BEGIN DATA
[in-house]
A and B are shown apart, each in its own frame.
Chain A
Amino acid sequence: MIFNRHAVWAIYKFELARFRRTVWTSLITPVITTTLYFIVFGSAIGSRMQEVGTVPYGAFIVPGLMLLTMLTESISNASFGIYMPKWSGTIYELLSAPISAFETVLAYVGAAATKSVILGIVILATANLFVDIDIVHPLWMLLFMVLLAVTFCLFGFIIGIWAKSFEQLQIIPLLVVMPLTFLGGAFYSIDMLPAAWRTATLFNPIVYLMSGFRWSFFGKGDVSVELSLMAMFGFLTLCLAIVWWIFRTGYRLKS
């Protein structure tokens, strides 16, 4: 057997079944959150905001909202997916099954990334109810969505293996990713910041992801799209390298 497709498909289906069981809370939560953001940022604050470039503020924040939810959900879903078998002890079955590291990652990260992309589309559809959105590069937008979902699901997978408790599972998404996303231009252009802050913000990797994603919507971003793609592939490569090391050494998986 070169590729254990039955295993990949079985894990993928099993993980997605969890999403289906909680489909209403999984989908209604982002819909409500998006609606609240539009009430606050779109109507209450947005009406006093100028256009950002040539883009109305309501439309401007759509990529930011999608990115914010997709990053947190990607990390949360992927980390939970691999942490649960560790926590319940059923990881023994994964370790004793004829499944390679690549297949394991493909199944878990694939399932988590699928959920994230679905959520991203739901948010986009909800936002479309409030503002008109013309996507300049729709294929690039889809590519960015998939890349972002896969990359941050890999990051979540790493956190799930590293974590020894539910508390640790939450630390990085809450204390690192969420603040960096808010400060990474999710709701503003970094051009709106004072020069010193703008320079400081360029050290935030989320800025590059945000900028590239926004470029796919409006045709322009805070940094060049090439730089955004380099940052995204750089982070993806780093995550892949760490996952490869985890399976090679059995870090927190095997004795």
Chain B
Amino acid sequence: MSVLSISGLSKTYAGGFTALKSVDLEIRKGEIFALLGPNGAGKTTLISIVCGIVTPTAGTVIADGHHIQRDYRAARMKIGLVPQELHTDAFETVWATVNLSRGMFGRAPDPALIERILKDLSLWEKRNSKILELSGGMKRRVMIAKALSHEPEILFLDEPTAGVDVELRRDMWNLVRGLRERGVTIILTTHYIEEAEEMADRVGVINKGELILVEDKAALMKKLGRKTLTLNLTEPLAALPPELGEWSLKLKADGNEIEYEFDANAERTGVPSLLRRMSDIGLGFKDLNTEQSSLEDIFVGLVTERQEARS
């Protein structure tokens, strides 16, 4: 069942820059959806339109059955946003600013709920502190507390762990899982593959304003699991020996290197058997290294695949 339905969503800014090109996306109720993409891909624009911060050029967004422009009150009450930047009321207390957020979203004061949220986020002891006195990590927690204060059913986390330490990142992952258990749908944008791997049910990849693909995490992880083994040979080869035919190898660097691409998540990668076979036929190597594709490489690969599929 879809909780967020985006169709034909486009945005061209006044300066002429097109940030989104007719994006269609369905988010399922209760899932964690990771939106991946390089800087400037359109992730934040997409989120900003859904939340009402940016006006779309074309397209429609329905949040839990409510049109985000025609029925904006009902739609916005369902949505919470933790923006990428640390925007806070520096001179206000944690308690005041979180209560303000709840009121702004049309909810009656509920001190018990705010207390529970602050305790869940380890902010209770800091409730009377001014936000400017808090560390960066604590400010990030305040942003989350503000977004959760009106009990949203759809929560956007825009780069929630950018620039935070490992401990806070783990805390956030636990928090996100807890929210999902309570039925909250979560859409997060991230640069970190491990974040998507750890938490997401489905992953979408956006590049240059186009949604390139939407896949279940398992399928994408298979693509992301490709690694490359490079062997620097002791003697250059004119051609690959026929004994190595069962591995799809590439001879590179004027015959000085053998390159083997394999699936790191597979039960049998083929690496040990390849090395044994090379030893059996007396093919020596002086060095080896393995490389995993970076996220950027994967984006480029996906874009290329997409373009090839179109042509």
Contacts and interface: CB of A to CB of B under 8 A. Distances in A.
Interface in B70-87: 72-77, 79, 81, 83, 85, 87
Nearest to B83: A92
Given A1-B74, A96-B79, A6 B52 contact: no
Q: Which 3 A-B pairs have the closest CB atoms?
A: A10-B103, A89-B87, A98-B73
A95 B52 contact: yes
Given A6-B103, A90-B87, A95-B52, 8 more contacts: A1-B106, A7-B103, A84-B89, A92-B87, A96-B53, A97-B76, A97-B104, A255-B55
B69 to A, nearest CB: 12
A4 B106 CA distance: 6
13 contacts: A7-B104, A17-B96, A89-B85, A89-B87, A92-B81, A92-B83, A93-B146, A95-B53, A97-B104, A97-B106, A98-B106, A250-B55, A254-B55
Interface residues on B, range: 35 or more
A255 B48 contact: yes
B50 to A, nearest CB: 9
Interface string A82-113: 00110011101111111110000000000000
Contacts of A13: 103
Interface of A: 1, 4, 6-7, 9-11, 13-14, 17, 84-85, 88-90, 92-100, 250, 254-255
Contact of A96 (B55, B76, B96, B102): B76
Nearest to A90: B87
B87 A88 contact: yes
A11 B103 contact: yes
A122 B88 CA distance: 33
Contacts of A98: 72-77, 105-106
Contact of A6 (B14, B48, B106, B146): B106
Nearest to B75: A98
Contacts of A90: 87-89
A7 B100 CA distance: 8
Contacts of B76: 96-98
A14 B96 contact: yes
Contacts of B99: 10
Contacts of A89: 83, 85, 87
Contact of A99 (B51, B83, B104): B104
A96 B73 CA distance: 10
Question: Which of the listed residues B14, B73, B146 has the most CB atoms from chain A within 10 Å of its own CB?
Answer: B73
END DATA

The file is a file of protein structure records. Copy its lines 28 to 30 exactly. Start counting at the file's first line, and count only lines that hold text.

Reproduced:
B87 A88 contact: yes
A11 B103 contact: yes
A122 B88 CA distance: 33